He continued: "A great example of how this data was used effectively was just last month, when aggregate data showed us that a particular version of a graphics driver was crashing on some Windows 10 PCs, which then caused a reboot. This driver was not widely used, but still the issue was impacting customers. We immediately contacted the partner who builds the driver and worked with them to turn around a fix to Windows Insiders within 24 hours. We used the data on Insiders' devices to confirm that the problem was resolved, and then rolled out the fix to the broad public via an update the next day - all-in-all, this data helped us find, fix and resolve a significant problem within 48 hours".
Enterprise customers will be able to disable this tracking soon, though the company strongly advises against it.
That's all well and good, but there's also text message tracking (for suggestion purposes) and personalization tracking (which lets Microsoft know you're really into the Seahawks, for example). If that sort of thing creeps you out, you can disable it via the Settings > Privacy menu, if you haven't already done so when you installed the OS.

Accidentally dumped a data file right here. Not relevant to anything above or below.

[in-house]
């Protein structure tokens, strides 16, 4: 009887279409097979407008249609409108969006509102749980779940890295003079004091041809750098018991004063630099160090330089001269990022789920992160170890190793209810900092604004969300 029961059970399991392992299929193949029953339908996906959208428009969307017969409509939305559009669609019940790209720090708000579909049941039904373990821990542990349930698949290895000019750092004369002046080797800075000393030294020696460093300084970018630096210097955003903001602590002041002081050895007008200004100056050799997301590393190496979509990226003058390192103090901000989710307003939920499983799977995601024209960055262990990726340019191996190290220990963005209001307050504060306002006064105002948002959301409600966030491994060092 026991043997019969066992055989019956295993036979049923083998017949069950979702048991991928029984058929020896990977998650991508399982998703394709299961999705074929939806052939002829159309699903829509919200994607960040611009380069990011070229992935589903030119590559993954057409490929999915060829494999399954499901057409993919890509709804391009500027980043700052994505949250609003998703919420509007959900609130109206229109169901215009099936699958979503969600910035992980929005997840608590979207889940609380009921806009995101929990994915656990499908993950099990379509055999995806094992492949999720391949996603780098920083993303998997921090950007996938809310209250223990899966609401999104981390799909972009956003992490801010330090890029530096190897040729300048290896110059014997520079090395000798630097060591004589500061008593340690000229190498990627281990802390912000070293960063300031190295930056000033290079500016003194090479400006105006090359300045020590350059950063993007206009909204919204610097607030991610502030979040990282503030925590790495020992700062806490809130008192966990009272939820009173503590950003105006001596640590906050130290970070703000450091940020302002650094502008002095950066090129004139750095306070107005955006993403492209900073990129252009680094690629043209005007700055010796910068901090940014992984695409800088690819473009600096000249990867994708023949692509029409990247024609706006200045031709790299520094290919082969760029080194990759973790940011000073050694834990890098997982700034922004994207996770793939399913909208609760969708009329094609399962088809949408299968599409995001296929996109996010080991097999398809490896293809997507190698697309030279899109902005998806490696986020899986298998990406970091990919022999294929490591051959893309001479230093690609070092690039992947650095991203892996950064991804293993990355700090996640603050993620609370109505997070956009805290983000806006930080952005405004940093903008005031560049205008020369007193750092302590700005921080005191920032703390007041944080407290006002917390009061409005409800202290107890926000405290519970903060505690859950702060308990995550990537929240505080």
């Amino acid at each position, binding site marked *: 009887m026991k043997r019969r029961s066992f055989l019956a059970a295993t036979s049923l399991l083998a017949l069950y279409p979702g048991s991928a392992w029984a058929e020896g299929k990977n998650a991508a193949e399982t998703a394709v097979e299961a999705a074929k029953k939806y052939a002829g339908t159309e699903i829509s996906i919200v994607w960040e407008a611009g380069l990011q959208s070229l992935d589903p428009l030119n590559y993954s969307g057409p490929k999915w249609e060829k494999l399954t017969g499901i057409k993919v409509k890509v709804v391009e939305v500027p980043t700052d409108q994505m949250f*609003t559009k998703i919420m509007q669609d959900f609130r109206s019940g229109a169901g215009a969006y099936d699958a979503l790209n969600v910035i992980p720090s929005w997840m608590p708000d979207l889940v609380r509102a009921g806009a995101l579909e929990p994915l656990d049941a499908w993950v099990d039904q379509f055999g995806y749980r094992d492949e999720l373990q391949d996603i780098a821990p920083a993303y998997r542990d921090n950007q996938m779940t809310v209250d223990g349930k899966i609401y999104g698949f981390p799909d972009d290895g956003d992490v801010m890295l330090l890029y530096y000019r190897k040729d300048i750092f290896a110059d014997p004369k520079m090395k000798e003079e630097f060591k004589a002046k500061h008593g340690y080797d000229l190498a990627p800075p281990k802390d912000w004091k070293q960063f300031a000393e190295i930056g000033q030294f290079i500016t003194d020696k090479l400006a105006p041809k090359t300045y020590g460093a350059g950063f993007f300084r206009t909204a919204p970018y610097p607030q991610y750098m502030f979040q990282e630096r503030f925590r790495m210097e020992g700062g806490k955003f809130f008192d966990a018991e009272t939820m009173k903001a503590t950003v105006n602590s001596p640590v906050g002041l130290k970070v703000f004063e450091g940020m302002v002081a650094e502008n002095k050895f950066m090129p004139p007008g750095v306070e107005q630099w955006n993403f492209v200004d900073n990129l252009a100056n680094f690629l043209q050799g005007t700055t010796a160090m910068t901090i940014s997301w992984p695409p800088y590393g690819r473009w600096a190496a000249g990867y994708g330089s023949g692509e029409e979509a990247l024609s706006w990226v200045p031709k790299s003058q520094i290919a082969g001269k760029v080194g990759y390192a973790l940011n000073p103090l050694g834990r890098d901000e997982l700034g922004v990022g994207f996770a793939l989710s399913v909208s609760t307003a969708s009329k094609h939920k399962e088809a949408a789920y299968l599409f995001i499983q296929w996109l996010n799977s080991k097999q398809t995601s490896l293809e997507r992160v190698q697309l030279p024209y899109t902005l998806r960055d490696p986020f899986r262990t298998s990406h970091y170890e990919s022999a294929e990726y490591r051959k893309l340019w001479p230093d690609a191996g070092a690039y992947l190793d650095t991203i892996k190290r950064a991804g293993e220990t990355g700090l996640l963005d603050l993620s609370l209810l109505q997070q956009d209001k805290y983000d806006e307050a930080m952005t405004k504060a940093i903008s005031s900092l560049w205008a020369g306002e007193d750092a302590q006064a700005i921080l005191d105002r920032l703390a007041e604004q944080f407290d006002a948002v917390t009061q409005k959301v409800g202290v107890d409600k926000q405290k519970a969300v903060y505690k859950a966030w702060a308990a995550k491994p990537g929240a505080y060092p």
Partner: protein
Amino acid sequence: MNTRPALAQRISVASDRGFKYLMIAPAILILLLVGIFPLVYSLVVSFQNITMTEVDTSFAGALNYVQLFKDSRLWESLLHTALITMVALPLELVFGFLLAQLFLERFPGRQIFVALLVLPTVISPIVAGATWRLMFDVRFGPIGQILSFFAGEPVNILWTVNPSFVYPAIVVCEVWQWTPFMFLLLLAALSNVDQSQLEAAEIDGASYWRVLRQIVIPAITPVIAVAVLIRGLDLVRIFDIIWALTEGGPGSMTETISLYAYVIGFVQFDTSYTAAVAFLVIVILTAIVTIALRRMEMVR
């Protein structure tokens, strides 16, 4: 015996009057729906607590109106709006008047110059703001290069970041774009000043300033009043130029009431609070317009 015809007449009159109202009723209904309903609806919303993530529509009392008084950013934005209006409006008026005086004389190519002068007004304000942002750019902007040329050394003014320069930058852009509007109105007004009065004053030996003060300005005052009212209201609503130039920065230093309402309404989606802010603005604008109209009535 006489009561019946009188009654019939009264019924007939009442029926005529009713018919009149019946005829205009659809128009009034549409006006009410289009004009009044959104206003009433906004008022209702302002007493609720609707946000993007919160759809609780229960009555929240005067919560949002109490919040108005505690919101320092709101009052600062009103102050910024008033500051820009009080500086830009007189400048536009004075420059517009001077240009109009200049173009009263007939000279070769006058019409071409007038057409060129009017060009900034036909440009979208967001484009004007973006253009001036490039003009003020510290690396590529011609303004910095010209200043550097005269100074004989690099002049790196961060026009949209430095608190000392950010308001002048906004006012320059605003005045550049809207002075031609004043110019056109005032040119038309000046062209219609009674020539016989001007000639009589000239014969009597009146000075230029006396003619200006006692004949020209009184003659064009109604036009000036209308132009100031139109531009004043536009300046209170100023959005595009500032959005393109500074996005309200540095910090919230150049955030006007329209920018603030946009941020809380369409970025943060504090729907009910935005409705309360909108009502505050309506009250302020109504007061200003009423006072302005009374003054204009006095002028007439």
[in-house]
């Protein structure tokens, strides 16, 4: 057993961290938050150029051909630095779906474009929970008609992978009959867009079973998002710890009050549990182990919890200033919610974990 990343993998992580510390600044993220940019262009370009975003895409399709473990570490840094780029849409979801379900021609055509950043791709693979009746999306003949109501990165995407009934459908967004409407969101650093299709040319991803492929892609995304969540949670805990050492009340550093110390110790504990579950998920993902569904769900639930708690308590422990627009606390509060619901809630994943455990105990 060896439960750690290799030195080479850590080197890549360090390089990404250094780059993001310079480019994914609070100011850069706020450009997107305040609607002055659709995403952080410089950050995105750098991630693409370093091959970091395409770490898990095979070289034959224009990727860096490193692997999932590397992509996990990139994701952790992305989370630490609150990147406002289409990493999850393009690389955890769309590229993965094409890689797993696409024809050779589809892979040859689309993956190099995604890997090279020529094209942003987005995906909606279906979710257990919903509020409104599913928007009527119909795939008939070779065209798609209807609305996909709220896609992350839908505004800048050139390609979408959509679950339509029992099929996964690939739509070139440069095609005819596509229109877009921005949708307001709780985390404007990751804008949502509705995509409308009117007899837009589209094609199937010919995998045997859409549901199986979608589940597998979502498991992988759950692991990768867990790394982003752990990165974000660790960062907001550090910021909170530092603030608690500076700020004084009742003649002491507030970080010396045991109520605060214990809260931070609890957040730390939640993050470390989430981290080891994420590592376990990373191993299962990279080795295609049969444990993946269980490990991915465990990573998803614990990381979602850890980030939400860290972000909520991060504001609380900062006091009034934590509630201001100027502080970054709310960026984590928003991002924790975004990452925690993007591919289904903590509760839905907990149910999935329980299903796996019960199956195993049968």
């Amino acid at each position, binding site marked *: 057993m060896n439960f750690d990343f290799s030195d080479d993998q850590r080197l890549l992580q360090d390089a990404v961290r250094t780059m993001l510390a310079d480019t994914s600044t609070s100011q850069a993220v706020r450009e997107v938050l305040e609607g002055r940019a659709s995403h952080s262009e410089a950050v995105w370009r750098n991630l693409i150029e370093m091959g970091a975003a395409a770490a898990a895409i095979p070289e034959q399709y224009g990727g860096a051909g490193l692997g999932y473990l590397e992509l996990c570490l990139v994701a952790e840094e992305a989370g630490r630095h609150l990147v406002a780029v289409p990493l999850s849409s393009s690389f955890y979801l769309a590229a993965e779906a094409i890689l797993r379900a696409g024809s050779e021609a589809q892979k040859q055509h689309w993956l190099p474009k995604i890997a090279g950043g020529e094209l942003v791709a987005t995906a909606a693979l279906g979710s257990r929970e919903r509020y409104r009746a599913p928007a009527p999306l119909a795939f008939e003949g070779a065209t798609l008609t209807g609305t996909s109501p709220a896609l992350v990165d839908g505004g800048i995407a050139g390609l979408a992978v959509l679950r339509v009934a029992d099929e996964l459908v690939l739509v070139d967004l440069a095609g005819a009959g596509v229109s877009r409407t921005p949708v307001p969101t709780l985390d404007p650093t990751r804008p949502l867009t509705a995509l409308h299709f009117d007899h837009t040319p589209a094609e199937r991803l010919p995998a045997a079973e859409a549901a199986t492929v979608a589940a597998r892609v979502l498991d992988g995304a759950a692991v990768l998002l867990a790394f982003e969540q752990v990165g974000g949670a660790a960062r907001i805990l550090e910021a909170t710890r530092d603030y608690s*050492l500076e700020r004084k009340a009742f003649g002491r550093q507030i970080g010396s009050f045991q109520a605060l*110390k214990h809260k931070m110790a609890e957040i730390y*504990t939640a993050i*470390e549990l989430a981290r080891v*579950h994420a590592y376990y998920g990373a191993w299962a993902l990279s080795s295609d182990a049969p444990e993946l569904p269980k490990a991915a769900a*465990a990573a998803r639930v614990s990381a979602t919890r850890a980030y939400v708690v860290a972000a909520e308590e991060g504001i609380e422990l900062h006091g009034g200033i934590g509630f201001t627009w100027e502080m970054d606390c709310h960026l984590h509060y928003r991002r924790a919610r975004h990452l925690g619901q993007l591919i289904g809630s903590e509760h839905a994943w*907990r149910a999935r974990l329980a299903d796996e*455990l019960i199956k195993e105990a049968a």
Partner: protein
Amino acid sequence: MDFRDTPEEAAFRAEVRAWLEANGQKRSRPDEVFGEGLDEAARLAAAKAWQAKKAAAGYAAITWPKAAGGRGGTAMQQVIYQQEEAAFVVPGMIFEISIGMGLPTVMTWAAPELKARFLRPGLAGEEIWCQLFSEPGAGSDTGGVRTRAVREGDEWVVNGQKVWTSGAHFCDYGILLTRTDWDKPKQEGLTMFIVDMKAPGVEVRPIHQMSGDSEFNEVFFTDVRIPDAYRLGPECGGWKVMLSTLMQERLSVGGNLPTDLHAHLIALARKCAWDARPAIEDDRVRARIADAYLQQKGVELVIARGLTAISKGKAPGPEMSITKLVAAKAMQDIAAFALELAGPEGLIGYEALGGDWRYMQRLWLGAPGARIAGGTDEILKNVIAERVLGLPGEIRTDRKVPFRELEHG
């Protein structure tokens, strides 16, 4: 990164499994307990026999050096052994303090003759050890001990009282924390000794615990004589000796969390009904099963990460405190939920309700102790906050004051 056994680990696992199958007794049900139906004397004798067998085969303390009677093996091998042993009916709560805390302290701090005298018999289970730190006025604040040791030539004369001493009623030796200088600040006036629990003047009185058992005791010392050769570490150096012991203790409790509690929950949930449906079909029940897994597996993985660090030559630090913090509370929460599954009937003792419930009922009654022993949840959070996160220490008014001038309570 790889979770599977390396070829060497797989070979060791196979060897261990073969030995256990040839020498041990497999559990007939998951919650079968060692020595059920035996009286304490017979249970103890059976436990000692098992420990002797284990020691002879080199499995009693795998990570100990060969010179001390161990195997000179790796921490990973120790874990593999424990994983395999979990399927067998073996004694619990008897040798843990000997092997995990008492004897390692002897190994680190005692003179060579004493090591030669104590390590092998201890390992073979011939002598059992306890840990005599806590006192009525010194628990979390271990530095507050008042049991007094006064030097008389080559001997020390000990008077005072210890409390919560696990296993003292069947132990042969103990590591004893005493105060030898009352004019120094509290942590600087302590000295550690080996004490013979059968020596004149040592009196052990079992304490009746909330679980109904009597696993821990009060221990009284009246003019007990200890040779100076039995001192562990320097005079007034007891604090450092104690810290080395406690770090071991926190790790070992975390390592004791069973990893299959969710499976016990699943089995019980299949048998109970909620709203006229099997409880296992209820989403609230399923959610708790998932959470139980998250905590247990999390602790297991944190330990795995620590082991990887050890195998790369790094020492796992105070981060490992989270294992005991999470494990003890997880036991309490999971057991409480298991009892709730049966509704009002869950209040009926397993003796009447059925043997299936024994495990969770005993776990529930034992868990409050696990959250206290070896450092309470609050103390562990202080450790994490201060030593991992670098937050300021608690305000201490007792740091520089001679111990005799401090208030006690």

Said to help deliver "a custom experience" for Chinese users through the implementation of local browsing and search options, Microsoft's partnership with Baidu was announced in September 23 and aims to spread Microsoft throughout this Eastern nation.
This partnership will see Baidu.com become the new Windows Edge browser home page, plus a 'Windows 10 Express' app will be developed in order to help end users install the operating system in the first place. If this wasn't enough to entice users, Baidu will also be offering "Universal Windows Applications for Search, Video, Cloud and Maps for Windows 10" as reported by ZDNet.